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Brian says NBC News "didn't seek this role in this story." Still, he says they worked hard to remain sensitive while deciding what to include in their report. Of the "garbage" that Brian says was in the package, the network aired only 2 minutes and 20 seconds of the 25 minutes of videos it received and just 37 sentences of the 23 pages of writings. "But however uncomfortable it is, that it was on every front page the next day proves this was journalism," Brian says. "This was news and a material advance in this story."

Once the network realized the story had struck a nerve with the public, did NBC ever reconsider its decision? "We were very careful, very careful on Nightly News. We talked about it a lot. Seven and a half hours. We took the entire day and we winnowed it down to this small part. We introduced it carefully on Nightly News. Then everybody's tape machines were rolling. Then it was off to the races. And that night, by the time I got home, my wife and I turned on the cable channels…it was what we call wallpaper," Brian says. "We, in our house, ended up turning it off and looking away."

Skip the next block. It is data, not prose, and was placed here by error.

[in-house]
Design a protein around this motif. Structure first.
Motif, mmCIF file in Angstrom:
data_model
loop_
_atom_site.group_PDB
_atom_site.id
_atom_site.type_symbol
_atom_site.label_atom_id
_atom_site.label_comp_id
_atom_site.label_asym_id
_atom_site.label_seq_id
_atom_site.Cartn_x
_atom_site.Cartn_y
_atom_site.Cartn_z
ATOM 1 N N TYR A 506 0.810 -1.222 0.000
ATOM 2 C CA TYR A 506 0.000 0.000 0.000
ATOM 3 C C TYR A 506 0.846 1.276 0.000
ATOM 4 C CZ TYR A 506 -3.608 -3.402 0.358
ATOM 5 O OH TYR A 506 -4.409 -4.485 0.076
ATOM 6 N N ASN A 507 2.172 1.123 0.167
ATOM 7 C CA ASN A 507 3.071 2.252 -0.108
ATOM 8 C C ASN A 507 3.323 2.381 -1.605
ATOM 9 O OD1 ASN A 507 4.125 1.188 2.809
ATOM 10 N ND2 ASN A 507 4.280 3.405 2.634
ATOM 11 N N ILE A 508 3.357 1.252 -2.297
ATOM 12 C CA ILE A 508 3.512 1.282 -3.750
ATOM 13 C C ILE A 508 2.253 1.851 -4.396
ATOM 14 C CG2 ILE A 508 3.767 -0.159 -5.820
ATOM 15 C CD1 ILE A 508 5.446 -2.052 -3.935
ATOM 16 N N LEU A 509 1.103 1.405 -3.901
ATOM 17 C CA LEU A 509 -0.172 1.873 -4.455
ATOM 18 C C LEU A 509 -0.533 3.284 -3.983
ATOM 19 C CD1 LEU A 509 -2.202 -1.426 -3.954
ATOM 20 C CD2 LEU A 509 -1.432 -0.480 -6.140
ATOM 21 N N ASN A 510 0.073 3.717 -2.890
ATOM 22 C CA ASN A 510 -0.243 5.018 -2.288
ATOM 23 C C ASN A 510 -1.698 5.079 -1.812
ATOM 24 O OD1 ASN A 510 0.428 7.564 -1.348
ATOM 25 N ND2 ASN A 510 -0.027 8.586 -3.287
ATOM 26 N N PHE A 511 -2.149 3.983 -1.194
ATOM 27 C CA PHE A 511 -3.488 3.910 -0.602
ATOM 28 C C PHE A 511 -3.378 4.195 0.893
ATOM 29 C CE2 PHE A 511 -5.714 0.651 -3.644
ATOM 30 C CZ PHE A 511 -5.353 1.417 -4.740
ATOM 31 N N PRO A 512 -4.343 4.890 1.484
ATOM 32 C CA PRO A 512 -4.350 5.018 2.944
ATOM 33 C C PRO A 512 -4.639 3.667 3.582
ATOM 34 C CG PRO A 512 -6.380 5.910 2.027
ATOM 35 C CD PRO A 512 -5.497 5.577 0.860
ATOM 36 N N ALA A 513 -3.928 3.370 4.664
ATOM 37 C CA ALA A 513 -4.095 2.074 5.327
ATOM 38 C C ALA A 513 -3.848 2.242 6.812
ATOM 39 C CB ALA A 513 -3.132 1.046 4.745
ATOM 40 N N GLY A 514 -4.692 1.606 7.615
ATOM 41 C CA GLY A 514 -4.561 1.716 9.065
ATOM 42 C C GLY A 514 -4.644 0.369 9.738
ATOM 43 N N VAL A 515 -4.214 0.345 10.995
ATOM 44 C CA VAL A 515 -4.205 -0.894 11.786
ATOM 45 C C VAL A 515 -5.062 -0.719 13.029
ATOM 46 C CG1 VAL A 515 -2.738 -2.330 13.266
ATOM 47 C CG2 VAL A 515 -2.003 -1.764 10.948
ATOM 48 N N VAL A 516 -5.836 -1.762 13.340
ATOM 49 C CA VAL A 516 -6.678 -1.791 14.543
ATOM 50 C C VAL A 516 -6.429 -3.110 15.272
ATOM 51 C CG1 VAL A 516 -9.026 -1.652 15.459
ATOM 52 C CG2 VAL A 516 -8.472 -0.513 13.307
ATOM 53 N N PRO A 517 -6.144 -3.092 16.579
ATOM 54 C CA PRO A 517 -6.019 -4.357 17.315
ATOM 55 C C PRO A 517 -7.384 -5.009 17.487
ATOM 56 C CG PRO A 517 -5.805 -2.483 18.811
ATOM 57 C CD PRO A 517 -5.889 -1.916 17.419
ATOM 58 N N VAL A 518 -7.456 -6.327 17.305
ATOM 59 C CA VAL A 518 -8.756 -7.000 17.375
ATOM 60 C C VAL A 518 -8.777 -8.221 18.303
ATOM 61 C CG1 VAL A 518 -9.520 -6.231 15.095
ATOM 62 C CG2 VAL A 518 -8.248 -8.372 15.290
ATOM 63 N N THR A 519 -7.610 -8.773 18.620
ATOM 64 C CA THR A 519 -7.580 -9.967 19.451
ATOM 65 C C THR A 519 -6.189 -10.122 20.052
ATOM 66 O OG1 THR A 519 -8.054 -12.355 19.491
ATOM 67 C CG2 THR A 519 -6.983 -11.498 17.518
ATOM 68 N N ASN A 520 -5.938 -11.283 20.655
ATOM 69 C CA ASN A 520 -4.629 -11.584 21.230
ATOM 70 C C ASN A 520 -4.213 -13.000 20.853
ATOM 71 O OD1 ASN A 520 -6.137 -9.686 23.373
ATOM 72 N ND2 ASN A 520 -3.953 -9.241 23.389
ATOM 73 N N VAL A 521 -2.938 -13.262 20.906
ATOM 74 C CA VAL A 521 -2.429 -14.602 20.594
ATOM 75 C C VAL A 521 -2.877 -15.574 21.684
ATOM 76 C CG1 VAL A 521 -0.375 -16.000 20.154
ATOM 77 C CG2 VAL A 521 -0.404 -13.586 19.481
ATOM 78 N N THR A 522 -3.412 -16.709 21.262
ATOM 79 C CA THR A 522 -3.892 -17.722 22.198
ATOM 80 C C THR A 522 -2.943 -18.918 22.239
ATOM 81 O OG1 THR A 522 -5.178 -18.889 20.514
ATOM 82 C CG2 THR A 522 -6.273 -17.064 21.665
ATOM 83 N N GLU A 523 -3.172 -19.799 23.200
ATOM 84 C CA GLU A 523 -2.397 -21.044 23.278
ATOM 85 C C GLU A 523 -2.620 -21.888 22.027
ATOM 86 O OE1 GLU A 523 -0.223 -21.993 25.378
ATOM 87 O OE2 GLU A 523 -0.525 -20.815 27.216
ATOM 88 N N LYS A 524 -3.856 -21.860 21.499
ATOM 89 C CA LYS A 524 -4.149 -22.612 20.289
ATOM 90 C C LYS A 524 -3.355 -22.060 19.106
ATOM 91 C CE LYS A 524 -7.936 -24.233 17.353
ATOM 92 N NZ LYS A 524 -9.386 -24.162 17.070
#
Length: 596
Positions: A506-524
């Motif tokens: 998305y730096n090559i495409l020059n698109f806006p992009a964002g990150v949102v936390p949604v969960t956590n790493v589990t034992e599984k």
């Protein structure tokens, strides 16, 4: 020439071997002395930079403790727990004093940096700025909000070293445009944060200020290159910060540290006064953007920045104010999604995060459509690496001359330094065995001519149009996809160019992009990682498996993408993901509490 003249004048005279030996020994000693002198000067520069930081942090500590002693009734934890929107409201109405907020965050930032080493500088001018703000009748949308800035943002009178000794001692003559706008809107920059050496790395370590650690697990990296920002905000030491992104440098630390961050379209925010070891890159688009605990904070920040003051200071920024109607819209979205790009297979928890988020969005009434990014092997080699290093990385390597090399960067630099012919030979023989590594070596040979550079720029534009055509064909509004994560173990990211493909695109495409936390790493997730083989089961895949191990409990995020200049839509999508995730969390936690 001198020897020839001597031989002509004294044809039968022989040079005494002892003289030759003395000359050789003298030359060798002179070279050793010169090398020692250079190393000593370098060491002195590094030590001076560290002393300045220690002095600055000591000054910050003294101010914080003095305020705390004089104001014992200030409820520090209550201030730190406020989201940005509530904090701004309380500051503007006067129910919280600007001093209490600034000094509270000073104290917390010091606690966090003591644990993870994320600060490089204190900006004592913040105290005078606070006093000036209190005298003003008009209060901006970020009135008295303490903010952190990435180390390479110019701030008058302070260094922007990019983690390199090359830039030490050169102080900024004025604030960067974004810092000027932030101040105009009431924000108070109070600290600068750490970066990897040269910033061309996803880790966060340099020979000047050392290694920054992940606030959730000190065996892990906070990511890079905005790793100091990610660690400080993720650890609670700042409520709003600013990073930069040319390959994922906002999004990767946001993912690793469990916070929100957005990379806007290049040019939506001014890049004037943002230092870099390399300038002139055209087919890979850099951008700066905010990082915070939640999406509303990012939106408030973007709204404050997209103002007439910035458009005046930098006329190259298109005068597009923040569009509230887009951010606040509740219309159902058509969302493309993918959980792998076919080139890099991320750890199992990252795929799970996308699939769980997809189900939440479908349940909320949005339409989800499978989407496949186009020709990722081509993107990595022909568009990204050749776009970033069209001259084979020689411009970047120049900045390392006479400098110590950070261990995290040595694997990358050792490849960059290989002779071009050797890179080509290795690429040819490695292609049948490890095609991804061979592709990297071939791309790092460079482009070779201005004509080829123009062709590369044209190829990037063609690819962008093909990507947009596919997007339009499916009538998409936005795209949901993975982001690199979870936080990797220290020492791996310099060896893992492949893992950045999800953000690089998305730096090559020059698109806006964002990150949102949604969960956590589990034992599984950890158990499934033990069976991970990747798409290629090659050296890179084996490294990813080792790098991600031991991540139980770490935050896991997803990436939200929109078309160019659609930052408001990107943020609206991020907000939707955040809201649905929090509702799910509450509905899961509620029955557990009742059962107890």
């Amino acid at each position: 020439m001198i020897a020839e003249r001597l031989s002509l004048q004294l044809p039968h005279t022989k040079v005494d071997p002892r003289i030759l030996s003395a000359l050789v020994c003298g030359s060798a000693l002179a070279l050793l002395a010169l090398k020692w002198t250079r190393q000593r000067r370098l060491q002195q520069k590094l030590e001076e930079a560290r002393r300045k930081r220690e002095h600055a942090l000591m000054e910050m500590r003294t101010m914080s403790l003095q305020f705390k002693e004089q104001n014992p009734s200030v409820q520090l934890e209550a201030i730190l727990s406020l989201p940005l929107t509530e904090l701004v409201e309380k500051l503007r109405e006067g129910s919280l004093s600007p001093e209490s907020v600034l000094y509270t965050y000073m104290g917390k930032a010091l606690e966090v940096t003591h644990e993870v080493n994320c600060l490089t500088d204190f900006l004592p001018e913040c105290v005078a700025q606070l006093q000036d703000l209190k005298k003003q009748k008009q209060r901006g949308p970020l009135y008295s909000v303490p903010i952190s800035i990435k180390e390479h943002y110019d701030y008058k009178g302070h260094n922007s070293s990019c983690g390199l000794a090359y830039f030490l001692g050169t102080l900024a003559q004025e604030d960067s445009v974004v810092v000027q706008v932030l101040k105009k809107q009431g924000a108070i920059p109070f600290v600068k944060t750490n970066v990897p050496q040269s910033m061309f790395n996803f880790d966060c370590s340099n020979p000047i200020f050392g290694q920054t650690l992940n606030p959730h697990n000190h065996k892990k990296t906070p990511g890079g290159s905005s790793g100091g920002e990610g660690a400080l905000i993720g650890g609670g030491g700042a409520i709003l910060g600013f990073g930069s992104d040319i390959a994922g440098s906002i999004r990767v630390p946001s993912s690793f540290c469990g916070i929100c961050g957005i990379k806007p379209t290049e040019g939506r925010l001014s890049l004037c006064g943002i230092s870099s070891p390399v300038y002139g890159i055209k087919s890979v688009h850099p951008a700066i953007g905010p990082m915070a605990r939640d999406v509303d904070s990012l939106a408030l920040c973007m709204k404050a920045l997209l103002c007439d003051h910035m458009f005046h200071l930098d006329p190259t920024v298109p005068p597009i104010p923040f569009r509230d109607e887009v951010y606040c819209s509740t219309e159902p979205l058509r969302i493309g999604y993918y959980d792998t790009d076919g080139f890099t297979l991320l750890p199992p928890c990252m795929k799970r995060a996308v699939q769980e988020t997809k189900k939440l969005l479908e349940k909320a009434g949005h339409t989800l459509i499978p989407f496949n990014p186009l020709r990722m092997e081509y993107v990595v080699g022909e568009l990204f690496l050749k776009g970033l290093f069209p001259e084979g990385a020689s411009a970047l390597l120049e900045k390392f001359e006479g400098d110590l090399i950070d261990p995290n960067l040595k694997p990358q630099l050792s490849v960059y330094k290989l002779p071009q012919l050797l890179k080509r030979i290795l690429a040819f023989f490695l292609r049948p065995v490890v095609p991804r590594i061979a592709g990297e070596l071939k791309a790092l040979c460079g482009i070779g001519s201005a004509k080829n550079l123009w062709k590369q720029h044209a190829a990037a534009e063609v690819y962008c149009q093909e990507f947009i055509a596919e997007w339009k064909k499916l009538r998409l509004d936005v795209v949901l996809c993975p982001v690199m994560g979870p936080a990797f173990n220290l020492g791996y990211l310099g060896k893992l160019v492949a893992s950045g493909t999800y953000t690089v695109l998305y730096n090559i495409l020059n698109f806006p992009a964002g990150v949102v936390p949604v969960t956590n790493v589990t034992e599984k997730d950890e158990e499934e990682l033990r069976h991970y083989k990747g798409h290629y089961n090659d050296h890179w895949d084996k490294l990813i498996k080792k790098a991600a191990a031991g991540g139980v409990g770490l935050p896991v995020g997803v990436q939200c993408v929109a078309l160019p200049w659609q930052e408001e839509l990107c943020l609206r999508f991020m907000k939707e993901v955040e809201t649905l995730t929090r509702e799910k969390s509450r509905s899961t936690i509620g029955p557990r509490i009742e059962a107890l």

By the time Brian saw the footage at home, he says NBC had placed restrictions on the video. "So by the time the Today show came on in the morning, we were already being very careful as to how many pictures we were showing, and I think today, now, it has all but disappeared," he says. "We get it. We saw it. This is a madman. But it needed to be seen."

"It disappeared, Brian, because the people said, because the public said, 'We don't want to see it,'" Oprah says.

"Also because the news organizations who are made up of fellow citizens and moms and dads and husbands and wives said, 'Okay. We get it.' It spoke materially to the biggest story in our country," Brian says.
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FROM: The Virginia Tech Videotape Controversy
Published on January 01, 2006

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